OPINION OF TRUSTEES
ROD Case No: 02-001
Trustees: A. Frank Dunham, Michael H. Holland, Marty D. Hudson and Elliot A. Segal.
The Trustees have reviewed the facts and circumstances of this dispute concerning the provision of benefits under the terms of the Employer Benefit Plan.
Effective January 1, 2002, the Respondent implemented a mail service pharmacy program for maintenance prescription drugs—drugs that are used on a long-term basis to treat chronic conditions such as high blood pressure, diabetes, asthma and high cholesterol.
In general, under the Employer Benefit Plan, a beneficiary pays a $5.00 co-payment per prescription if purchased from a pharmacy on the Employer’s Participating Provider Lists (PPL), and a $10.00 co-payment if purchased from a non-PPL provider. If purchased by mail-order, no co-payment is applied.
Under the Respondent’s program, if a beneficiary purchases a maintenance drug through the mail order program, the $5.00 co-payment is waived. If a beneficiary purchases a maintenance drug at a retail pharmacy, the beneficiary pays the $5.00 co-payment plus a $10.00 surcharge. However, the $10.00 surcharge is waived if the beneficiary can document for reasons of medical necessity that the beneficiary is unable to use the mail order program. For example, the $10.00 surcharge is waived for beneficiaries who reside in nursing homes. Furthermore, the $10.00 surcharge is not applied to drugs prescribed for a short-term basis (such as antibiotics to treat strep throat) that are purchased from a retail pharmacy.
The Respondent’s program was communicated to beneficiaries by mail in August 2001 and September 2001. In addition, 136 meetings were held to discuss the program with beneficiaries, and two new positions were created to help assist beneficiaries with their prescription issues.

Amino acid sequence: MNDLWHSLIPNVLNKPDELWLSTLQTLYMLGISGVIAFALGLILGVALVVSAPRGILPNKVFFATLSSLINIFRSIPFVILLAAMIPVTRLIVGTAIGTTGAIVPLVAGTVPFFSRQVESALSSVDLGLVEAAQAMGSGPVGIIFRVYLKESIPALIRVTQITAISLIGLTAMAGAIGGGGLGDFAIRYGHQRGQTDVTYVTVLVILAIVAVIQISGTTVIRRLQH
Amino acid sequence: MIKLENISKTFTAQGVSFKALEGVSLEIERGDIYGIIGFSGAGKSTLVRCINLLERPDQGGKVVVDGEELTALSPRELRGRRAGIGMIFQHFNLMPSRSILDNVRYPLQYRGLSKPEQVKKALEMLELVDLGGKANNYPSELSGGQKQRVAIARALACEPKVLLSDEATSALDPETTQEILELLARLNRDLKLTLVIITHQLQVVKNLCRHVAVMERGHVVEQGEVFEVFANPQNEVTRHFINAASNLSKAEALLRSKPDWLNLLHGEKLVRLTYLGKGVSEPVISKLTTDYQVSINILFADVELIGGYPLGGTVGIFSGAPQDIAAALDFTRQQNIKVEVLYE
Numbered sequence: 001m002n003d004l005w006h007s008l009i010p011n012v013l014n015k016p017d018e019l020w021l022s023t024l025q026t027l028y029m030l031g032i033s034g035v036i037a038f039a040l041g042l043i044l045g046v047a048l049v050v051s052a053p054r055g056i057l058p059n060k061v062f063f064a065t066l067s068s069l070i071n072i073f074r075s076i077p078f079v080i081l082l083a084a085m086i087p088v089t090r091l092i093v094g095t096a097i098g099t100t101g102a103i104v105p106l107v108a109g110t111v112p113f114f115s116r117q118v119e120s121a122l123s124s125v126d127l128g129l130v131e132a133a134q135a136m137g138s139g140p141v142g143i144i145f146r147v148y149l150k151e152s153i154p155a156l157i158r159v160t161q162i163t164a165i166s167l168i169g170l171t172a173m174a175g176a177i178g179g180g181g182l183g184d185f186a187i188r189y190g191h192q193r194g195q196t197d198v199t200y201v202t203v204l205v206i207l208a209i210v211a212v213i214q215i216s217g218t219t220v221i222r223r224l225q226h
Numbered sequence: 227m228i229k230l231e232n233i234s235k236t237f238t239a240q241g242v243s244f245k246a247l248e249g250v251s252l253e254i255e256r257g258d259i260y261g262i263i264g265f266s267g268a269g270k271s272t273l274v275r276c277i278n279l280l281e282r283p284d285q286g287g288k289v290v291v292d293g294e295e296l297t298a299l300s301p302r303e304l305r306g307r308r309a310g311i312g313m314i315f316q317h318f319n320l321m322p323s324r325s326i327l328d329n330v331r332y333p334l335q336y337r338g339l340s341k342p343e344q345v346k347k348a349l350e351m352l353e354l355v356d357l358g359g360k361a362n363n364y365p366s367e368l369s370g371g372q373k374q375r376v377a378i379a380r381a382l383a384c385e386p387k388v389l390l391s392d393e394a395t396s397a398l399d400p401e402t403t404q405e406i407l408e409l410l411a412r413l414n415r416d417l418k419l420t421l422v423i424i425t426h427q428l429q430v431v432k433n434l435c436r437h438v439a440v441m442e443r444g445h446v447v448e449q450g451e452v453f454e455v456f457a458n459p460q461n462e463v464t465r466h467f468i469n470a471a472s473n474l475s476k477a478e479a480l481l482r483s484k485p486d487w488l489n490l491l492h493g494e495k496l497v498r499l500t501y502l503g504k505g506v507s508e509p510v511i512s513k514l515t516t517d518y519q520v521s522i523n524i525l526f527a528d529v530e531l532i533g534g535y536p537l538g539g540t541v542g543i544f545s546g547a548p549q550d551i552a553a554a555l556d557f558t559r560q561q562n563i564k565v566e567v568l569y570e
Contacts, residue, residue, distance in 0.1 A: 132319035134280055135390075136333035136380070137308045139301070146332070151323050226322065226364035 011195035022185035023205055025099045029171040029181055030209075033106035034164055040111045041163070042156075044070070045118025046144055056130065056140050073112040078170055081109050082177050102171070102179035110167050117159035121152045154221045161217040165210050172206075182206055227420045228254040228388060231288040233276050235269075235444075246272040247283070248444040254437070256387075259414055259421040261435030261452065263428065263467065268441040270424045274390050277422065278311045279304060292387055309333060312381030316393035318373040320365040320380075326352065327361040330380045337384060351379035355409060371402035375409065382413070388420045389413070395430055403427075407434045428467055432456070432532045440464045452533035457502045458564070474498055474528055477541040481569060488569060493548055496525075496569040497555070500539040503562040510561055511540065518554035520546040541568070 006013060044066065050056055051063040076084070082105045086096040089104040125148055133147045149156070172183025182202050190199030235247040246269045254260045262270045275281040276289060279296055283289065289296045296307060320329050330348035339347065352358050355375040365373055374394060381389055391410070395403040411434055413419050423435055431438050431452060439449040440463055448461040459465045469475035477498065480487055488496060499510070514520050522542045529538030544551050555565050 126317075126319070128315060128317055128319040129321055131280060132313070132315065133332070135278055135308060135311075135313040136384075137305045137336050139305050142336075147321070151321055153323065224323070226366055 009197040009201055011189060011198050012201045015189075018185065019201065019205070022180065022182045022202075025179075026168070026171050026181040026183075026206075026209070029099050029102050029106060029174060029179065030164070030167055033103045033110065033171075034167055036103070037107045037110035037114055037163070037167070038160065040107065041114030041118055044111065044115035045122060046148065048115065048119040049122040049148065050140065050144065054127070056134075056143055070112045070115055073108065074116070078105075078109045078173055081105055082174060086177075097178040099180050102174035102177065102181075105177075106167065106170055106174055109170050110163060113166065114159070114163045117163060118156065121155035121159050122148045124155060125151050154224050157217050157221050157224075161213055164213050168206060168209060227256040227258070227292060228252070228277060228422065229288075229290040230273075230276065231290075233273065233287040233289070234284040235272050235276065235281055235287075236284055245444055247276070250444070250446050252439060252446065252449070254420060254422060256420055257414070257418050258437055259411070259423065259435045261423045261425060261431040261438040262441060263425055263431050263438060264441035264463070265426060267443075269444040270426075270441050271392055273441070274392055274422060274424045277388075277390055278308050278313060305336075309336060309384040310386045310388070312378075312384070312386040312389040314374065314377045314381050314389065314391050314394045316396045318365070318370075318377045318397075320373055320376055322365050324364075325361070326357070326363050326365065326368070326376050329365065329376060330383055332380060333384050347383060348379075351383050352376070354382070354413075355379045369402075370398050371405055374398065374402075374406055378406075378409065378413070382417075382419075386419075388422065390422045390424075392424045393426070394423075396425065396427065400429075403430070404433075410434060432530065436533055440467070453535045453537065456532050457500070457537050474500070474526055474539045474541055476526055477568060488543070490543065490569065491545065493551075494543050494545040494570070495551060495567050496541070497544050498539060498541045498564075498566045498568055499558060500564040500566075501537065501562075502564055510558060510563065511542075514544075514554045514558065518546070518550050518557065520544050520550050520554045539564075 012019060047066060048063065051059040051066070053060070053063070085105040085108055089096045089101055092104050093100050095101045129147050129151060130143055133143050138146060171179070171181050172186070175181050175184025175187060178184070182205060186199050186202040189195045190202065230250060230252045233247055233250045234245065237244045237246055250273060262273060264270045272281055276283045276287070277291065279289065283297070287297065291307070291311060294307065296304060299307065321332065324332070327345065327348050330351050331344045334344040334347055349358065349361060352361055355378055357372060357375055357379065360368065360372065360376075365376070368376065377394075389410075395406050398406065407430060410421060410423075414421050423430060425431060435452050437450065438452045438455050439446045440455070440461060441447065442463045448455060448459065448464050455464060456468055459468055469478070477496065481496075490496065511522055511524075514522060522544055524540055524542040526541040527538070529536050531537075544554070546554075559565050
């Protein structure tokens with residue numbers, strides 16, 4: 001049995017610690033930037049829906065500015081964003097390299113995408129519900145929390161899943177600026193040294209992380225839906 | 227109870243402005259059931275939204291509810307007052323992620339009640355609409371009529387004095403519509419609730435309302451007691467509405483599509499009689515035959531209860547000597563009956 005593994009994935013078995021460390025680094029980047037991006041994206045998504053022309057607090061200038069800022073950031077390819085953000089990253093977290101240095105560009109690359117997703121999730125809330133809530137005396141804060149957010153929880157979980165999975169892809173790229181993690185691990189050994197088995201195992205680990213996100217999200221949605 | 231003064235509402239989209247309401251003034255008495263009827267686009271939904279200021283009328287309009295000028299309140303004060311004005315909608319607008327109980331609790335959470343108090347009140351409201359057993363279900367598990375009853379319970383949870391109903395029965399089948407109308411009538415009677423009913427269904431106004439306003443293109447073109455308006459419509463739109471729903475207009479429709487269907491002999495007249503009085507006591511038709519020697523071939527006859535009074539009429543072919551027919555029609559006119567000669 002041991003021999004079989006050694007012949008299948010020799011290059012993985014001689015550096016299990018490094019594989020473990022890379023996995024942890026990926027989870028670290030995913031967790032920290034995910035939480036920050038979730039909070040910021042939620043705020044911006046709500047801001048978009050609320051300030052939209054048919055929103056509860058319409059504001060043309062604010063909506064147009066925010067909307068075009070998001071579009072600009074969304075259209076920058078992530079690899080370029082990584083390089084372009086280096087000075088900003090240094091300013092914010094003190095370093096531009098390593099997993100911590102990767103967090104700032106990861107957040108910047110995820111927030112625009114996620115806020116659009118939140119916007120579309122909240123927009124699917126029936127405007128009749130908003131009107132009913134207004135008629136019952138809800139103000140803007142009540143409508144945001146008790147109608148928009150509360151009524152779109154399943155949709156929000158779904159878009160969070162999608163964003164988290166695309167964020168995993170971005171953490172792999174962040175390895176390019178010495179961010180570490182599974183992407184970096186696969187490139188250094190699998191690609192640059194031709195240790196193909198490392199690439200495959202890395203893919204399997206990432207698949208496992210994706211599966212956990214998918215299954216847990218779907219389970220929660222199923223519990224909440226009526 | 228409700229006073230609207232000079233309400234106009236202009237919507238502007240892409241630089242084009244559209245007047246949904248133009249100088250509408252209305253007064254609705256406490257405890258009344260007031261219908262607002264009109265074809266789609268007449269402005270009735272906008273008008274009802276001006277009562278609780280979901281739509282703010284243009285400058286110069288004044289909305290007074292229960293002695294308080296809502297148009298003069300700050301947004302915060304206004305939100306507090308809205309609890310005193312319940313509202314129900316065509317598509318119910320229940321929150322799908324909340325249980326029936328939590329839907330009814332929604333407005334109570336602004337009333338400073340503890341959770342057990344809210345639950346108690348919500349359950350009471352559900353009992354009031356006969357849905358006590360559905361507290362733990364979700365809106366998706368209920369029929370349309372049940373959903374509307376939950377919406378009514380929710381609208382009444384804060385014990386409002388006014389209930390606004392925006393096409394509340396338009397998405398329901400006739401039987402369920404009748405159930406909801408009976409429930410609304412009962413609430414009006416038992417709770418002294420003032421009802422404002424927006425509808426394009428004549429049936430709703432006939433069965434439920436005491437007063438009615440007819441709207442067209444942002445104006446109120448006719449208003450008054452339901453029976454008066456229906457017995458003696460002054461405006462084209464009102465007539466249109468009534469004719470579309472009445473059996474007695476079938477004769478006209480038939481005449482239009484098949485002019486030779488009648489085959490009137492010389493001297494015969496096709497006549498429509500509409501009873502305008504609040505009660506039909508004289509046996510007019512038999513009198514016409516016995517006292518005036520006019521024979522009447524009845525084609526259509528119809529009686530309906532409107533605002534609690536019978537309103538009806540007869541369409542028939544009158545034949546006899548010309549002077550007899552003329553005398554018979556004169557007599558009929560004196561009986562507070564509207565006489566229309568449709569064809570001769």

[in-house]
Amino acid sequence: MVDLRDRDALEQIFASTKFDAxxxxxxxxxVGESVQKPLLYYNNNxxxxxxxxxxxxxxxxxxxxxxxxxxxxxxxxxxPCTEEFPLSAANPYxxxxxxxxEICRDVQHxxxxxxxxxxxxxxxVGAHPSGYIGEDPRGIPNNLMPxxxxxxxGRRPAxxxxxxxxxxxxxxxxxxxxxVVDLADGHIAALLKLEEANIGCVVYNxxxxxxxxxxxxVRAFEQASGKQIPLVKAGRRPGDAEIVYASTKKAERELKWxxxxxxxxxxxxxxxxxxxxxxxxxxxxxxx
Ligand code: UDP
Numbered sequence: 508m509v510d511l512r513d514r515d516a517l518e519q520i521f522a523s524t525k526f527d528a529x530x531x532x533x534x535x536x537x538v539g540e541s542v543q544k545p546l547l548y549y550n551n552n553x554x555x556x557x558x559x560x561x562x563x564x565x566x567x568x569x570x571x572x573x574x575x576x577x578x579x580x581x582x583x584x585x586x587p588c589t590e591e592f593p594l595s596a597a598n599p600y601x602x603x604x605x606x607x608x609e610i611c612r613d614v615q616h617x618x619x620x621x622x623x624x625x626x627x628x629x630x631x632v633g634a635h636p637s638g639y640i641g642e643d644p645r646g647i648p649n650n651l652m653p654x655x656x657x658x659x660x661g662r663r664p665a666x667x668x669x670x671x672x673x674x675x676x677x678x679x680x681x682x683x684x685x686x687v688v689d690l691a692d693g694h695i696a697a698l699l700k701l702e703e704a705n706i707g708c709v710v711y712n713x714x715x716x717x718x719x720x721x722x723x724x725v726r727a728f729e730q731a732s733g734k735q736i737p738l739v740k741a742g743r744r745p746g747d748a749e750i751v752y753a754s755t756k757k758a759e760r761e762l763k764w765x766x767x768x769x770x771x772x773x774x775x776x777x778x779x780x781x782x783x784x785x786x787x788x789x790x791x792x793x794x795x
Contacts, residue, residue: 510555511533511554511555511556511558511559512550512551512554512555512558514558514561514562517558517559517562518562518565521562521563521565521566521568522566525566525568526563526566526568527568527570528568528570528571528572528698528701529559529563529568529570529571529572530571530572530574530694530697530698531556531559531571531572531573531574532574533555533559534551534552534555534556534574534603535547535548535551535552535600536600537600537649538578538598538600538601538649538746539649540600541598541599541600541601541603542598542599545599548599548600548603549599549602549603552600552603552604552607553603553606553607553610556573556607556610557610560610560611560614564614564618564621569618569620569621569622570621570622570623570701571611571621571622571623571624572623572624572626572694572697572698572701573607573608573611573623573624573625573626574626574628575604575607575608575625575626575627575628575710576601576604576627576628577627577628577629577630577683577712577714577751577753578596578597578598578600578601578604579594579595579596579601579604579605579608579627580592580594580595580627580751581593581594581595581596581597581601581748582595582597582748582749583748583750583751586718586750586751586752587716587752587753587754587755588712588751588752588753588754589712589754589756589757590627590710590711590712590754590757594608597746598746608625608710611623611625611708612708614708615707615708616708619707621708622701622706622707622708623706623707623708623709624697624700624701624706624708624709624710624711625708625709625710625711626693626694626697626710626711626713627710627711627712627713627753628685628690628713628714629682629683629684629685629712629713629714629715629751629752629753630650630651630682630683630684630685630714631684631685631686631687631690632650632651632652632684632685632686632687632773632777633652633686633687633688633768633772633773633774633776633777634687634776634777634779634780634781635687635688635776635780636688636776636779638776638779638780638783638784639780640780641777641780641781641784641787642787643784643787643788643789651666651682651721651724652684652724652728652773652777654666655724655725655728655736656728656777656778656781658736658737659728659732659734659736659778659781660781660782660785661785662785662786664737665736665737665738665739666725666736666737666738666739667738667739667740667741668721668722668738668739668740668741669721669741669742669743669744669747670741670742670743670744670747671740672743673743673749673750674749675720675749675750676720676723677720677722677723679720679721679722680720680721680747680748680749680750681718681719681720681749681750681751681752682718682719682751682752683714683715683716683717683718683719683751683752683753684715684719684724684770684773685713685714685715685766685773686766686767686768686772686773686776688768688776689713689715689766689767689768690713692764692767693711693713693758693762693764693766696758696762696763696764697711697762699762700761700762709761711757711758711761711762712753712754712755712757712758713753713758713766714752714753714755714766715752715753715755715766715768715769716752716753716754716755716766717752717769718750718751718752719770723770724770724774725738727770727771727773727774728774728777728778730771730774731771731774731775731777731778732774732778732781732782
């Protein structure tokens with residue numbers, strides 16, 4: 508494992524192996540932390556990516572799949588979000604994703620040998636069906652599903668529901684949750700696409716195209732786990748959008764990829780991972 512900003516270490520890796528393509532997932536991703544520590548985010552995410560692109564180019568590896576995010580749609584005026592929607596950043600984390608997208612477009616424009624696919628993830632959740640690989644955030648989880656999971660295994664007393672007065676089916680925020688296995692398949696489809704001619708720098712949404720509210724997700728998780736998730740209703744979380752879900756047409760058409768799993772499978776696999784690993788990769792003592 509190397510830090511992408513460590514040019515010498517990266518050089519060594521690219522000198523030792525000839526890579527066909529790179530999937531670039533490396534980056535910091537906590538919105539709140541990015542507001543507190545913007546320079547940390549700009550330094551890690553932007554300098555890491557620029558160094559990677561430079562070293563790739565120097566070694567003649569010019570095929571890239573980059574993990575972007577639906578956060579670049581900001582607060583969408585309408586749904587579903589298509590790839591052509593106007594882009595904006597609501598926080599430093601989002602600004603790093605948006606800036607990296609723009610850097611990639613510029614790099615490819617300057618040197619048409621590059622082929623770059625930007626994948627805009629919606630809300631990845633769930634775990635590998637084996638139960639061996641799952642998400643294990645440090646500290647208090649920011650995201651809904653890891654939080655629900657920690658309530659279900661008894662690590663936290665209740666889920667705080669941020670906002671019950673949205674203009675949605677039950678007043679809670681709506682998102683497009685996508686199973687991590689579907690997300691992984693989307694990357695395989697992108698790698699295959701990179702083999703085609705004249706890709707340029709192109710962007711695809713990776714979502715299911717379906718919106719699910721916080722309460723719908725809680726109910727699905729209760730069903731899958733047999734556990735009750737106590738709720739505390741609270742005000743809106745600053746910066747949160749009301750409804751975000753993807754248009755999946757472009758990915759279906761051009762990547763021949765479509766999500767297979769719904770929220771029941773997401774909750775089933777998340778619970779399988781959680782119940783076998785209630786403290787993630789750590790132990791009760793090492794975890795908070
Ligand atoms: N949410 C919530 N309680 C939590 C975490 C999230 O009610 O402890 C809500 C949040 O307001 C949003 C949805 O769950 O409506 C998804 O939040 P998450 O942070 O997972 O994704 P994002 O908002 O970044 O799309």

The Complainants state that the $10.00 surcharge applied for purchasing maintenance drugs through a retail pharmacy is in violation of the Employer Benefit Plan.
Is the Respondent’s mail order maintenance drug program in violation of the Employer Benefit Plan?
Positions of the Parties
Position of the Complainants: The Respondent’s mail order maintenance drug program is in violation of the Employer Benefit Plan by requiring an additional surcharge of $10.00 for maintenance drugs purchased at the retail pharmacy.
Position of the Respondent: The Respondent’s mail order maintenance drug program is not in violation of the Employer Benefit Plan for the following reasons: 1) The program has not eliminated or reduced any benefits under the Employer Benefit Plan: only the method of delivery for benefits has changed; 2) The program is consistent with the Plan Administrator’s authority provided under Article XX of the National Bituminous Coal Wage Agreement (Wage Agreement) and Articles III and IV of the Employer Benefit Plan to implement cost containment rules which do not result in a reduction of benefits or additional costs. Rules are mandatory, not voluntary; 3) In waiving the $5.00 co-payment, the program does not impose increased cost or surcharge for covered services; 4) The program provides an appeal process for identifying medically necessary situations that require alternatives to the mail order program; 5) As an incentive to encourage compliance with the program, the $10.00 surcharge is derived from a retail administrative and dispensing fee of $3.75 plus $6.25 which is the difference between the average cost of ingredients at retail and the average cost under the mail order plan; and 6) ROD 93-079 supports the Respondent’s position.
In addition, the Respondent states that ROD CA-066 is not pertinent for the following reasons: 1) the “Coal Act has no applicability to any aspect of any health benefit program negotiated under the 2002 NBCWA[Wage Agreement]”; and 2) ROD CA-066 relied on precedent RODs decided under the 1988 Employer Benefit Plan which did not contain a provision comparable to Article IV of the 2002 Employer Benefit Plan and which did not address whether a benefit could be obtained by retail or mail order. The Respondent contends that ROD 93-109 supports this position.
Article XX (12) of the 1988 and 2002 Wage Agreement provides in pertinent part:
(12) Health Care Cost Containment: